A Faith in Leaving: How a Week at Hedgebrook Reconnected Me With The Writer I Was

By Hedgebrook Guest

Categories: Alum Experiences, Women's Voices,

Journal Entry, December 7, 2010

As I type this I feel blessed.

I feel blessed for the opportunity to be here, for the weather, for my own cottage, for my family to be home safe for a week.

I have started my first fire in the woodstove and watch the flames thinking—I want to find my writer’s self again. Somehow I left her someplace and no longer know where to find her.

This is different than saying, I want to be writer. I know I am writer. I know writing has been with me since I can remember, but the part of me that writes, she is missing.

I am looking for the verb and not the noun.

I am looking for the writing—not ego or title—but the act of writing. Where has it been? Where is that part of myself?

Am I afraid I will fail? What other people will think if I spend all this time writing and do not produce anything important?

The older I get, the more I realize it’s not my business what other people think of me. It’s my business what I think of myself. My path is my path.

This is why I love Frida Kahlo. She was so much an artist, she had a boldness about her, a self-confidence, a this-is-who-I-am woman who wasn’t afraid. Or maybe she was. Maybe she was afraid, like many of us, but did it anyway.

Sometimes I can be that unafraid person. It’s how I ended up at Hedgebrook.

For a long time leaving my family scared me. Being away from them with the free-floating worry of: if I’m not there something bad will happen. If I’m not there, something bad will happen and it will be my fault. Because I left. Because I went off somewhere to write.

Why do I still sometimes view my writing as selfish? When I take time to go to a movie with a friend, I’m not thinking—oh, my family, how I take away from them. I don’t think that when I mountain bike or when I work in the yard.

Why should my writing be considered a luxury? It should be considered the water I need to drink daily to live.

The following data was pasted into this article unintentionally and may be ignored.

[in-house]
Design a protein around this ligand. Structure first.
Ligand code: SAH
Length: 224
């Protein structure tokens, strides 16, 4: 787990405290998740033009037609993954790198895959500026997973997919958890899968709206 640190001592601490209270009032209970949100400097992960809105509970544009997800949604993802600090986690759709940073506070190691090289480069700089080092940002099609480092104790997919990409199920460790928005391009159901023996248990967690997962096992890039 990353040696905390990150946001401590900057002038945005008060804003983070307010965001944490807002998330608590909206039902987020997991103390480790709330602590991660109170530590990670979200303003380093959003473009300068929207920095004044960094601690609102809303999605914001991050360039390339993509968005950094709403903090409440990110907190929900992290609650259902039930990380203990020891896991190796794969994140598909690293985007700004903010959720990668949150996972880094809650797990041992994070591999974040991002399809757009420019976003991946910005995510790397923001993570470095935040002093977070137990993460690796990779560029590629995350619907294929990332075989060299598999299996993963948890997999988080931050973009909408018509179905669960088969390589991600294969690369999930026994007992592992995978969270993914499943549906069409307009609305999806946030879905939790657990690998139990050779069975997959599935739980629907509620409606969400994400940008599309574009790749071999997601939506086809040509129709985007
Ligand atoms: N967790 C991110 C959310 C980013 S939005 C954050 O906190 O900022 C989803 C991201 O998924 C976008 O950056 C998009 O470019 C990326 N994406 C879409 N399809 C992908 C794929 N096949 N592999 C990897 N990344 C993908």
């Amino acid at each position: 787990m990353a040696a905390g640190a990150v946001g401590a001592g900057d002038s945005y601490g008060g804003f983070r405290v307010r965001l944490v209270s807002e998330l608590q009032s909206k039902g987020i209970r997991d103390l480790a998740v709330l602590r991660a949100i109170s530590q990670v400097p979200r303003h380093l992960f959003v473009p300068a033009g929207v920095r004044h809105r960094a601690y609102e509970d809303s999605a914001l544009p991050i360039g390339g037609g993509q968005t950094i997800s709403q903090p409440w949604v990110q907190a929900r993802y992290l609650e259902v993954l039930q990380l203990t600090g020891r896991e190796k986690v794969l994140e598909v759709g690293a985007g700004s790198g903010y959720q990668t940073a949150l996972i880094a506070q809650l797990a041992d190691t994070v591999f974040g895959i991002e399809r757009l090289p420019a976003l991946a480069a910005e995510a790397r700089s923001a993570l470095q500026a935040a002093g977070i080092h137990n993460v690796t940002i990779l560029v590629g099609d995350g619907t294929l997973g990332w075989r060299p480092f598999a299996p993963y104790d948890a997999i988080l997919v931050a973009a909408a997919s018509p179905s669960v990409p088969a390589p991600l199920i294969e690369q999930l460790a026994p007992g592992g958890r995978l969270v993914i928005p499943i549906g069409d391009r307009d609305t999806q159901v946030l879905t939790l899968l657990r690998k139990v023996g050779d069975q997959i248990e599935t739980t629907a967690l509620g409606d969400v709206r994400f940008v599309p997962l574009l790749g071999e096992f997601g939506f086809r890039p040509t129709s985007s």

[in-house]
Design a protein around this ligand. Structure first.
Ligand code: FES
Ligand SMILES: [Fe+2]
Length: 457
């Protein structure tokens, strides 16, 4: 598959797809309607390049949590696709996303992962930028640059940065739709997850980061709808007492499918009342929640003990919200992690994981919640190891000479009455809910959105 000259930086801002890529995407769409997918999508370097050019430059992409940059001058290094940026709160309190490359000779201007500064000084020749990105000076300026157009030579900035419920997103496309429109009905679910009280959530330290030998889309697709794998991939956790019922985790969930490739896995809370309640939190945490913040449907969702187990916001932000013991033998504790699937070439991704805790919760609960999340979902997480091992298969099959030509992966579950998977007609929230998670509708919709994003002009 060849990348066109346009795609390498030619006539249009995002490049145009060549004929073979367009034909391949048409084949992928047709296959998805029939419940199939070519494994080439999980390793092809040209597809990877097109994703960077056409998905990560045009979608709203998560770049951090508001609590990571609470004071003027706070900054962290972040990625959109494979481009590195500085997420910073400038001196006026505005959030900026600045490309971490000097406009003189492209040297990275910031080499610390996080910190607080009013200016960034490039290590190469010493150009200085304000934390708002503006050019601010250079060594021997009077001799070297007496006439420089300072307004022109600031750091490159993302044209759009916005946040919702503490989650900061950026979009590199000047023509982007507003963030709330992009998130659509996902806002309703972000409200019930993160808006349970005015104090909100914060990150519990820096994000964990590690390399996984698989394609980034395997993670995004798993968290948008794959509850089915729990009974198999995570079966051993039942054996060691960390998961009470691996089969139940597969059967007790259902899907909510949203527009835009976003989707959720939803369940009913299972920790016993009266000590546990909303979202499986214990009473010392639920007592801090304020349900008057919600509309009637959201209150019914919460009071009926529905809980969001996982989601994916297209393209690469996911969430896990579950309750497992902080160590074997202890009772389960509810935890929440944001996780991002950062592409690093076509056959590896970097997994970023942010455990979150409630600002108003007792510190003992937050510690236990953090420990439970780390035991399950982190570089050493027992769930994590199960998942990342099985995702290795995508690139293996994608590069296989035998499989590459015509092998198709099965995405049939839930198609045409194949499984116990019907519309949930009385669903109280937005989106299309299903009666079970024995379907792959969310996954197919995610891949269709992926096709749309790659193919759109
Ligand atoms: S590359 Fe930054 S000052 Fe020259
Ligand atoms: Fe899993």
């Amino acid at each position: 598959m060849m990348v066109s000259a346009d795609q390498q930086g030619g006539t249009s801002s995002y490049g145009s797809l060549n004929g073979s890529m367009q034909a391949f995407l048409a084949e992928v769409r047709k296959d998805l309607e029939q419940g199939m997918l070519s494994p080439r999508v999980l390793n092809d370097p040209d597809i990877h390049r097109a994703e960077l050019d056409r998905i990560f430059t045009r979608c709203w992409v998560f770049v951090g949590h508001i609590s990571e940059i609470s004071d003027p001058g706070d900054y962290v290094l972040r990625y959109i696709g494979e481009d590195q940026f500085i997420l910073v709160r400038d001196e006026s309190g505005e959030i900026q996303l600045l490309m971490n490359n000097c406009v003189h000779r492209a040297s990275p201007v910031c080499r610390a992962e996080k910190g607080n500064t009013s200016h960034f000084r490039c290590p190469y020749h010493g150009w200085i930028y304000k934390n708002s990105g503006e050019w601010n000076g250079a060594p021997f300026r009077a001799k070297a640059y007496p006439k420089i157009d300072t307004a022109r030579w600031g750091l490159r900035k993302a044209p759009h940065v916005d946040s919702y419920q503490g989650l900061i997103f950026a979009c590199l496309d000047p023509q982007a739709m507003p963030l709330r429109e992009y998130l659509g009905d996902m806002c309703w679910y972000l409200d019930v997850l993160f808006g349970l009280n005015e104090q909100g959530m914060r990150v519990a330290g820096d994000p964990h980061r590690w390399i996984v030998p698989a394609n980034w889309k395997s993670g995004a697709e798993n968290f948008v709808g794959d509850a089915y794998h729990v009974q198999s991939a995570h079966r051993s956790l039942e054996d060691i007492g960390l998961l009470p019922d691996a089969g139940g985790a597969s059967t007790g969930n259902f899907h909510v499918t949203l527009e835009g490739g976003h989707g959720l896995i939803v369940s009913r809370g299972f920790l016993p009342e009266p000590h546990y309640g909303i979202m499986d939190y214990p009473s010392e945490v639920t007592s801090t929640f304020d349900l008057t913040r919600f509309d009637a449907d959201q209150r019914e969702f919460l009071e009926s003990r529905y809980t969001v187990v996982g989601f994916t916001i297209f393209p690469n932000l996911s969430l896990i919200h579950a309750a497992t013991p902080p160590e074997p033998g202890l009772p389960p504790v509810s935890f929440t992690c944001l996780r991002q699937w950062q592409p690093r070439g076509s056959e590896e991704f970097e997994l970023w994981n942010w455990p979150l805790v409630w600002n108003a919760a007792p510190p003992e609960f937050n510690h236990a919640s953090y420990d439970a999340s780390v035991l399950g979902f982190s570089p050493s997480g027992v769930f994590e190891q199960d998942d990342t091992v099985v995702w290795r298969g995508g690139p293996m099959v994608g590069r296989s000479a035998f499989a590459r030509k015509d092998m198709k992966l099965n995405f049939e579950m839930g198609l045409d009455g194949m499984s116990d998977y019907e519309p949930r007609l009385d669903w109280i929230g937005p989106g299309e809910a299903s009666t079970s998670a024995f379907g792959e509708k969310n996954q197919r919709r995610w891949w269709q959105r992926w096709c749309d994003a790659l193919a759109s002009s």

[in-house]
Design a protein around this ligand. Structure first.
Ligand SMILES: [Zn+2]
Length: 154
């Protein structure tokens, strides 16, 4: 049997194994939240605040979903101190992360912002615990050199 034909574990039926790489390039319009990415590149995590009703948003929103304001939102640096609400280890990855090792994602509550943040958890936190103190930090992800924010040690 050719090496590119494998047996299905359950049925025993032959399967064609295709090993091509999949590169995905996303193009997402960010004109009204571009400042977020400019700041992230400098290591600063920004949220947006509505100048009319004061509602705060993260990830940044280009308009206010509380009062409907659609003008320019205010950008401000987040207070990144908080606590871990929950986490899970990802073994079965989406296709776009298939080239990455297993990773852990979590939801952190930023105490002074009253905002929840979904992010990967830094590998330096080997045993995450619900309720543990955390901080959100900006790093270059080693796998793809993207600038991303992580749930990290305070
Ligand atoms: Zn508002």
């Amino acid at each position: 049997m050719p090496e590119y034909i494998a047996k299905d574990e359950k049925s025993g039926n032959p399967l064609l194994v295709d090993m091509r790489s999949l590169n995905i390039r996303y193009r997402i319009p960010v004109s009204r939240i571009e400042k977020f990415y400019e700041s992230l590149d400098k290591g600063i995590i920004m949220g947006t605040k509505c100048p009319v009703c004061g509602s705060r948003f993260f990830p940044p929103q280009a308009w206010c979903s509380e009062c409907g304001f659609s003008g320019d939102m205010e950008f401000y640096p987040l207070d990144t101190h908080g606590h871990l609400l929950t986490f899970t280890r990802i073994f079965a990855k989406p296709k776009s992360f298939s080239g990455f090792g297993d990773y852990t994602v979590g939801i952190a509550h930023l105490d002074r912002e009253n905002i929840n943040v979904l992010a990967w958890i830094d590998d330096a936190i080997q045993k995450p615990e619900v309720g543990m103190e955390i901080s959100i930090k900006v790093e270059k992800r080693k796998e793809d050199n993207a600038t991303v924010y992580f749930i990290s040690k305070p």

Sadly, I’ve been dehydrated for months.

If I can leave here with even just a percentage of the writer’s self I lost, I will feel satisfied.

If I can leave here after a week of writing anything, I will be satisfied.

If I can leave here and reclaim that writer’s self, return myself to my writing life, I will be ecstatic because it’s a huge part of me. Like a ventricle of my heart, it’s a part that needs to be working because if it’s not, I don’t feel as well.

I am looking forward to what this week holds. I feel blessed. Blessed and thankful that I have this opportunity to write. And it’s what I will make of it that matters, how I respond to this gift will decide the outcome of my life.


This was what I wrote at Hedgebrook the first day of my Master Class week with Carolyn Forché.

At that time in my life, I was struggling as a poet and writer in the world. I was having trouble balancing my writing life and my family life, and I wasn’t finding time for myself to write.

For me, choosing to take a week off during a busy time of the year to go into my own cottage and focus on the act of writing was an act of faith in myself and an inner belief that this experience would help me get what I needed.

Spoiler alert: it did.

My time at Hedgebrook was an absolute gift. While I was at first nervous to work with such a well-known and highly-acclaimed poet, Carolyn was incredibly kind and generous. She has a glowing and sweet spirit that was both inspiring and uplifting. She always put us first and was a thoughtful listener and teacher.